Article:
Systemic racism. White privilege. Sexism. Topics of 2020.
Leaders, no matter where you lead, need to learn to be uncomfortable in conversations that relate to these topics. I don’t believe we can fairly expect our leaders to handle these situations perfectly as they arise in day-to-day life. But we should expect them to stand up for those without a voice or a platform from which to speak. To learn. To guide others through these waters. To challenge humanity to do better.
At the recent BC provincial debate, the candidates were asked how they have reckoned with their own white privilege. In my opinion, both our Premier and the Liberal Party leader fell short in their responses. However, it prompted me to ask myself the question: “How would I have responded?” It is another of many times I have reflected on this subject this year.
The even more vital question is: what would I do or say if faced with such a situation today? If racism, sexism or an example of white privilege showed up right in front of me?
We have all had those moments—those ones like the Liberal Party “roast” that was recently broadcast, containing overt sexism. This episode was terrible for so many reasons but perhaps most impactful was that it was perpetrated by one woman on another. Coupled with the failure of the party leader in the room to call it out for what it was, it was—in a word—unacceptable.
In my own world this year I have had to reflect on sexism, racism and bullying. As a mature woman I naively thought, at least amongst my peers, this was no longer an issue I would need to contend with. I have not always done myself proud in those moments. I have not always mustered the courage to speak, or chosen the best method to combat the circumstances I found myself in. But even these disappointments have caused me to consider something better for the next time. To rehearse the narrative and to commit to change. To learn to do better. To stand up for myself and others.
When a male colleague ran his hand down my back and made a casual, overly familiar, sexist comment when I met him in his office, I naively thought, “Maybe he doesn’t realize…” and I remained silent. Who was I to speak? I essentially gave him a pass for his behaviour. When a notorious male antagonist in our community verbally berated my recent female hire, instead of engaging her in respectful communication as he had her male predecessor, I stepped in and unprofessionally tripped over my words in an attempt to find a way to express how unacceptable his behaviour was. I was left to chastise myself about these two moments, somehow feeling that I was at fault. I guess it stuns me that these moments still happen, in 2020, yet as a leader and as a woman, I need to be more practiced in my responses, stronger in my conviction. I certainly should never be made to feel poorly, as a female leader, for standing up for myself, or for you.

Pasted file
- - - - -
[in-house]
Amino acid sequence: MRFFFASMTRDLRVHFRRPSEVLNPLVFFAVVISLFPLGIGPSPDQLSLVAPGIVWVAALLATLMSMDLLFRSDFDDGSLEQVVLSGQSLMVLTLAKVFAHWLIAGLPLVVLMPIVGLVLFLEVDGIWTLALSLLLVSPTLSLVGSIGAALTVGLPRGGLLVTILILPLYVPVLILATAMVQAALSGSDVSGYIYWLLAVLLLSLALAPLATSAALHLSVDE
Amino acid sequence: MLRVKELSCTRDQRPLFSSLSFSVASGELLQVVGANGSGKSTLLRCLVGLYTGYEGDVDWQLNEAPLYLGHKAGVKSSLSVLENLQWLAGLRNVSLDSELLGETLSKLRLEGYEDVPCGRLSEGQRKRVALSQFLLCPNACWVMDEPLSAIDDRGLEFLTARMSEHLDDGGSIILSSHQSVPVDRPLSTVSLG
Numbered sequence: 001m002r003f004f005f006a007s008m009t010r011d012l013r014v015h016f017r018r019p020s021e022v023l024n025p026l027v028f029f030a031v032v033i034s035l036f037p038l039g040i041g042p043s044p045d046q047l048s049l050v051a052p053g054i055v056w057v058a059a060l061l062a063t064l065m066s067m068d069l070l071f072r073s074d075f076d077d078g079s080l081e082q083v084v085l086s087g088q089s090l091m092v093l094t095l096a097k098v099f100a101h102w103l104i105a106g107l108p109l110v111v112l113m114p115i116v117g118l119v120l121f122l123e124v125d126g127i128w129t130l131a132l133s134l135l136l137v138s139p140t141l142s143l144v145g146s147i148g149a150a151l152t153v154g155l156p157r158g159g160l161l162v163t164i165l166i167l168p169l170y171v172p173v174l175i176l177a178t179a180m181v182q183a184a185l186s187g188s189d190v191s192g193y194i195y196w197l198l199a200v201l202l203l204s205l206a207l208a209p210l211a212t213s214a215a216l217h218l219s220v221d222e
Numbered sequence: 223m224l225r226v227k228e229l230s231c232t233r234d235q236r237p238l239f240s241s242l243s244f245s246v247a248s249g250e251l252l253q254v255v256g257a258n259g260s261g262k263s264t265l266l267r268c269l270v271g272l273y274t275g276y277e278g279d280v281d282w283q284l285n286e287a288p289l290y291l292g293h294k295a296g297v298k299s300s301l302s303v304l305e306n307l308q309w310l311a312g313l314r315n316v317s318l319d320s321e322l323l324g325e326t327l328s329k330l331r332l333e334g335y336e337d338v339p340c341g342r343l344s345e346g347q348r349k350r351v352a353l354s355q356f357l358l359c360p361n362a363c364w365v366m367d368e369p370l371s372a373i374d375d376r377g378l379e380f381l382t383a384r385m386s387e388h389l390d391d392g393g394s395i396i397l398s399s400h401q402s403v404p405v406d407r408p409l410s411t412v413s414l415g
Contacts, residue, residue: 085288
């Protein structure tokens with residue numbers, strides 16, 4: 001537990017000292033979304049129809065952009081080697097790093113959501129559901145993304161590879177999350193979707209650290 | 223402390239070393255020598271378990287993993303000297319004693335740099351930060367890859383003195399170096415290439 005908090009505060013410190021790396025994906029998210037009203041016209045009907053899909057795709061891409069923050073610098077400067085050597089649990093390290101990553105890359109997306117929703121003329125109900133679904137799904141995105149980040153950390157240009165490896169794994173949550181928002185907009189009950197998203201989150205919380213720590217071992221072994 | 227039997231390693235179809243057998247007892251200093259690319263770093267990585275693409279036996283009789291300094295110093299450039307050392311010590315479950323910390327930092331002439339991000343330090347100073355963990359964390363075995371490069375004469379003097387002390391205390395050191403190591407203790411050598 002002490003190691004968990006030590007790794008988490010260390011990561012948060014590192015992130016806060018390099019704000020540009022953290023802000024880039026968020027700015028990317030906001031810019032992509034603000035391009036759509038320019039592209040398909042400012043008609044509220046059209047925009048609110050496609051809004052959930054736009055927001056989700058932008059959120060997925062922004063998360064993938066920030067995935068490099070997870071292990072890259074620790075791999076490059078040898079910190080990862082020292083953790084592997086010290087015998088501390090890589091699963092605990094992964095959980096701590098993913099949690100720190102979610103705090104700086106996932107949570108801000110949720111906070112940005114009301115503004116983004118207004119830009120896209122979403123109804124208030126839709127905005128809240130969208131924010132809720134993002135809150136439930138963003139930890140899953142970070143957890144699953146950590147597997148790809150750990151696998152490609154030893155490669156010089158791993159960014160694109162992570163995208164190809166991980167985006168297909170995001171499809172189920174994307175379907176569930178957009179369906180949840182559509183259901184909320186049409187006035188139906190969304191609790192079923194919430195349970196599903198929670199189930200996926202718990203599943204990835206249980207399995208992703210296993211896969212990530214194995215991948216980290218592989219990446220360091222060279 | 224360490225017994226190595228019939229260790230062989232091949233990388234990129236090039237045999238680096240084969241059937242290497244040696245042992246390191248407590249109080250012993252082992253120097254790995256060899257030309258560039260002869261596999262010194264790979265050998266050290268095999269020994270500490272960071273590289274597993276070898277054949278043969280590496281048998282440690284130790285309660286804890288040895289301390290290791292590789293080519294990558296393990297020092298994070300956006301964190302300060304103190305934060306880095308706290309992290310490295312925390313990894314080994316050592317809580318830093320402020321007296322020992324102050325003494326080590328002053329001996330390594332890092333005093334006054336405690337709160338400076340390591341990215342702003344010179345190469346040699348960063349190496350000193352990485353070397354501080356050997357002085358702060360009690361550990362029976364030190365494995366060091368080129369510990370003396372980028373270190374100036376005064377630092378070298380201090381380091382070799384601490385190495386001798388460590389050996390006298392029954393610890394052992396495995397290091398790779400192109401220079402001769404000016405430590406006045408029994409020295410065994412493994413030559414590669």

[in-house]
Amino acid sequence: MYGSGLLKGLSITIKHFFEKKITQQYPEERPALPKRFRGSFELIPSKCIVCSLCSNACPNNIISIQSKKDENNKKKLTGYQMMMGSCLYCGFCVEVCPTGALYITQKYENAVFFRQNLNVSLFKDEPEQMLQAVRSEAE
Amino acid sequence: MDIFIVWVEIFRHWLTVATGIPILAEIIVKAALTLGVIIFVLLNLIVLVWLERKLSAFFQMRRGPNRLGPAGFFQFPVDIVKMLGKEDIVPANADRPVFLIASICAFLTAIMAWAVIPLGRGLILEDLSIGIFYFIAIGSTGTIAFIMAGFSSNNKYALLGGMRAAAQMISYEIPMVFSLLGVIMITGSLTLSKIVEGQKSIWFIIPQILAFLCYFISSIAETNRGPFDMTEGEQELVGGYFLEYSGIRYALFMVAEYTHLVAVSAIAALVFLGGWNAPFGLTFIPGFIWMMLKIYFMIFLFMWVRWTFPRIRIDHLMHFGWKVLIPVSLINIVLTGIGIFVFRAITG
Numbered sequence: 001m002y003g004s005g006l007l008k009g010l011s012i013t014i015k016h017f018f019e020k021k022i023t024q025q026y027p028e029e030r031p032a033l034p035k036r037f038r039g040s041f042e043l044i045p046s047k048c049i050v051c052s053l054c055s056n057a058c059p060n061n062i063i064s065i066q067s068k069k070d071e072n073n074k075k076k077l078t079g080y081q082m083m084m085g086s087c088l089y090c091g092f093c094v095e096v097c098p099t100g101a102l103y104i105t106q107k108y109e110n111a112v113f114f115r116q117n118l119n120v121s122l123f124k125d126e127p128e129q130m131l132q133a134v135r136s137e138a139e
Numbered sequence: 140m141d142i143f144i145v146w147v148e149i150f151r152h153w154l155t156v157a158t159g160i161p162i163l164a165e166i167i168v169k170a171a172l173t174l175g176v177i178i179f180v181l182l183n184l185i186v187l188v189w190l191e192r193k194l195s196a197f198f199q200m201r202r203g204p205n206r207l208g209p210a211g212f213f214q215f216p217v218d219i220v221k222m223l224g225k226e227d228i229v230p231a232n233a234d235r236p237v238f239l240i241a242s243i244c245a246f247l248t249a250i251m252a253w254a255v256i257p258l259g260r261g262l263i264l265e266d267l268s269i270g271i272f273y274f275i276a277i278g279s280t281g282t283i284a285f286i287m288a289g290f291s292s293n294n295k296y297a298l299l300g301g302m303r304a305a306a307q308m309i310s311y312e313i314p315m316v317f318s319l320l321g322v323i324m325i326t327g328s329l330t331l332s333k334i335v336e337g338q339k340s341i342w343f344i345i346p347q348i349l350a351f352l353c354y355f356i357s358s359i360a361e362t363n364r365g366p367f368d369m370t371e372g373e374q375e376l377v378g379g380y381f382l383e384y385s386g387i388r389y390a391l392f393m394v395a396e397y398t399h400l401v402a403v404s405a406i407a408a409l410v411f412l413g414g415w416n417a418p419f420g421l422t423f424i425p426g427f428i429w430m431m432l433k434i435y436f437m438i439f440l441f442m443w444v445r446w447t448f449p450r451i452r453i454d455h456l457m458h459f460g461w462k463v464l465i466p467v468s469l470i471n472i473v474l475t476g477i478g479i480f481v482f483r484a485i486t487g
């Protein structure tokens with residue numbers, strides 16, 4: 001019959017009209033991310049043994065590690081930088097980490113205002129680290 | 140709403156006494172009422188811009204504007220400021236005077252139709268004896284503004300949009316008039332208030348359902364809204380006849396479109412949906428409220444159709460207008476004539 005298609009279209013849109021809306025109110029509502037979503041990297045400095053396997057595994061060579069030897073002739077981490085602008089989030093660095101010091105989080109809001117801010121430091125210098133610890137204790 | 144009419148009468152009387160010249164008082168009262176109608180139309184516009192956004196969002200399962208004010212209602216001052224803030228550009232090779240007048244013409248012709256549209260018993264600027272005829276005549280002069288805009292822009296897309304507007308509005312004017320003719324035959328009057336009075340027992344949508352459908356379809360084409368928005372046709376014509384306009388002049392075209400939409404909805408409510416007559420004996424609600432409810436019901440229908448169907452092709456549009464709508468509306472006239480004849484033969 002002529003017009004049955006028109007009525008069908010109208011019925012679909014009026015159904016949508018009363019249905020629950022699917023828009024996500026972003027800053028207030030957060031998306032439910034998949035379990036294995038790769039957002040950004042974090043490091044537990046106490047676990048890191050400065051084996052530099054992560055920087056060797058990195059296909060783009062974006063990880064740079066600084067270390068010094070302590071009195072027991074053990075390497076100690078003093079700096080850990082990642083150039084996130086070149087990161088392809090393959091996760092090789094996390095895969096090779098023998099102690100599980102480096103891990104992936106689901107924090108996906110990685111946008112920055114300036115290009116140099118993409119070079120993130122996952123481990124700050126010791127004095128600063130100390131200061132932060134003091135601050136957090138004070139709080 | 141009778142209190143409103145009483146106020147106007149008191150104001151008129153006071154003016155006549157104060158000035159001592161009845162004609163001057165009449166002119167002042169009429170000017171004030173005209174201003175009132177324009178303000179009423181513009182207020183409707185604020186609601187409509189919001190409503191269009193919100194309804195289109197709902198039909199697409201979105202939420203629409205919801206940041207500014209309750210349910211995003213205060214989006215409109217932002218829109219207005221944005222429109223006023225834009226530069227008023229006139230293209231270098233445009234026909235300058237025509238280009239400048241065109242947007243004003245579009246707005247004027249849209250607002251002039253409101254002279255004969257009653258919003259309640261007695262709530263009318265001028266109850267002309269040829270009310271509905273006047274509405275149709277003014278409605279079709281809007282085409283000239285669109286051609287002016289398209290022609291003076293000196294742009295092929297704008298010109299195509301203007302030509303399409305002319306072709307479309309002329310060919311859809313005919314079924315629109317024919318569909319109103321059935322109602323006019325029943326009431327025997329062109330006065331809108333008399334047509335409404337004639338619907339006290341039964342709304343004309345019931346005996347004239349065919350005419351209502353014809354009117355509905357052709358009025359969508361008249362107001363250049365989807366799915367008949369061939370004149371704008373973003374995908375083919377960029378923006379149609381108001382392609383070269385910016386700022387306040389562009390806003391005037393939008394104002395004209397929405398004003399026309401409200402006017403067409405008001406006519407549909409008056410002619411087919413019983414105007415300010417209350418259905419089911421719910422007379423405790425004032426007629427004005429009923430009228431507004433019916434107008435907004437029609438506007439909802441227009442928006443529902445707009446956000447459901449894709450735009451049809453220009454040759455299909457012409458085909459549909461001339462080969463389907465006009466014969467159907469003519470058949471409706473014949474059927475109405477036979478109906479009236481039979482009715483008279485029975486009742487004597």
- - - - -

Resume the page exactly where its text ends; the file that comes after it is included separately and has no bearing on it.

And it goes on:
Our awareness of systemic racism and white privilege has grown with more high-profile examples of unacceptable examples of the differences between the treatment of white vs. people of colour in the eyes of the law and during our own provincial battle with COVID-19 and the division that was created.
So, how would I have answered the question regarding my own reckoning of white privilege?
I grew up as a child surrounded by children and families of different ethnicities and cultures. As a child I knew that we were all different. I did see colour. I did see race. But all that mattered to me was who I liked and not where they came from. I remember being fascinated by what made their households different from mine: what they ate, their family living situations, their languages. What I couldn’t see as a young person was what the internal experiences of my friends were, the pain they and their families carried inside, what their history was. I was a young, white woman of privilege, who even during the most challenging times during my upbringing never had to worry about a roof over my head, food on my plate or getting to school. I was, however, bullied for being privileged and sexualized for being a woman and did have to learn how to manage that narrative at a young age. Those moments create empathy, but not a complete understanding, and certainly haven’t exempted me from creating something better for my neighbours.
There is still racism, sexism and discrimination everywhere we walk today. It’s sad but true. The real question for us all is: what are we going to learn today about the pain of others, and what will each of us do to not be part of the problem?
Through words, actions, support, and patterns of behaviour.
It’s time get comfortable being uncomfortable. If you are uncomfortable that means you have something to learn and that’s okay. Just because we don’t understand or don’t experience something, we must not negate someone else’s experience.
The Lieutenant Governor of BC, Janet Austin, challenged us all, midway through 2020, by asking us to join her, alongside leaders in government, business and social services, to pledge to uphold the Canadian values of diversity and inclusion and to oppose racism and hate in all its forms. She reminded us that we are stronger when we are #DifferentTogether.
This should not just be lip service. This is a call to action for us all.
-Michelle Boomars-MacNeill,
Prince Rupert & District Chamber of Commerce President 2020-2021